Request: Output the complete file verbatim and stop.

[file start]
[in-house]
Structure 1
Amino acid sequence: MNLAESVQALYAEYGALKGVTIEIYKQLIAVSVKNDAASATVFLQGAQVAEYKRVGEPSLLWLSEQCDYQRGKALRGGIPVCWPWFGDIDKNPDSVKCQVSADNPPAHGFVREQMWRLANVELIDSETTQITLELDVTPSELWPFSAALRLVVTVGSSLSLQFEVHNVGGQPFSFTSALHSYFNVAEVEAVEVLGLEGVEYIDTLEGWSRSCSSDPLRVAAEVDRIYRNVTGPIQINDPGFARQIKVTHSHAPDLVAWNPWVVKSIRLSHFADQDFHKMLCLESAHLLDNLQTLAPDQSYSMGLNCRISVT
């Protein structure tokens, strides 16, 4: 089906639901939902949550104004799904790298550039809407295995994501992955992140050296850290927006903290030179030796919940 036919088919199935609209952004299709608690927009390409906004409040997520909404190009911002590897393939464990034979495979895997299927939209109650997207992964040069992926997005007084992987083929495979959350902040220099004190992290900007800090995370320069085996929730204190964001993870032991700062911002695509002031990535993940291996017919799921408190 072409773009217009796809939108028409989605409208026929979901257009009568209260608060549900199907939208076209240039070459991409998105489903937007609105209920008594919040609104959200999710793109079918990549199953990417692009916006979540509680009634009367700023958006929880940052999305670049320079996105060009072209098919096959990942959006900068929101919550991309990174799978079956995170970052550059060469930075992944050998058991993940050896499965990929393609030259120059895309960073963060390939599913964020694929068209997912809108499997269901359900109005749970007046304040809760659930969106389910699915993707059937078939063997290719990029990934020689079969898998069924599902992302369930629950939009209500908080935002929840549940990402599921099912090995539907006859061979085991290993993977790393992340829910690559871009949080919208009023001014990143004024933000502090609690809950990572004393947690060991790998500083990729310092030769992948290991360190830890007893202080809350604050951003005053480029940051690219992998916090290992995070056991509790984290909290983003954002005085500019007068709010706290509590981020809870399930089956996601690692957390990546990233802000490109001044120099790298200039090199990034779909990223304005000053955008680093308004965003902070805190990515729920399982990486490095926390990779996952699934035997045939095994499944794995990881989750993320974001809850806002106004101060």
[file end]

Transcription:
[in-house]
Structure 1
Amino acid sequence: MNLAESVQALYAEYGALKGVTIEIYKQLIAVSVKNDAASATVFLQGAQVAEYKRVGEPSLLWLSEQCDYQRGKALRGGIPVCWPWFGDIDKNPDSVKCQVSADNPPAHGFVREQMWRLANVELIDSETTQITLELDVTPSELWPFSAALRLVVTVGSSLSLQFEVHNVGGQPFSFTSALHSYFNVAEVEAVEVLGLEGVEYIDTLEGWSRSCSSDPLRVAAEVDRIYRNVTGPIQINDPGFARQIKVTHSHAPDLVAWNPWVVKSIRLSHFADQDFHKMLCLESAHLLDNLQTLAPDQSYSMGLNCRISVT
């Protein structure tokens, strides 16, 4: 089906639901939902949550104004799904790298550039809407295995994501992955992140050296850290927006903290030179030796919940 036919088919199935609209952004299709608690927009390409906004409040997520909404190009911002590897393939464990034979495979895997299927939209109650997207992964040069992926997005007084992987083929495979959350902040220099004190992290900007800090995370320069085996929730204190964001993870032991700062911002695509002031990535993940291996017919799921408190 072409773009217009796809939108028409989605409208026929979901257009009568209260608060549900199907939208076209240039070459991409998105489903937007609105209920008594919040609104959200999710793109079918990549199953990417692009916006979540509680009634009367700023958006929880940052999305670049320079996105060009072209098919096959990942959006900068929101919550991309990174799978079956995170970052550059060469930075992944050998058991993940050896499965990929393609030259120059895309960073963060390939599913964020694929068209997912809108499997269901359900109005749970007046304040809760659930969106389910699915993707059937078939063997290719990029990934020689079969898998069924599902992302369930629950939009209500908080935002929840549940990402599921099912090995539907006859061979085991290993993977790393992340829910690559871009949080919208009023001014990143004024933000502090609690809950990572004393947690060991790998500083990729310092030769992948290991360190830890007893202080809350604050951003005053480029940051690219992998916090290992995070056991509790984290909290983003954002005085500019007068709010706290509590981020809870399930089956996601690692957390990546990233802000490109001044120099790298200039090199990034779909990223304005000053955008680093308004965003902070805190990515729920399982990486490095926390990779996952699934035997045939095994499944794995990881989750993320974001809850806002106004101060």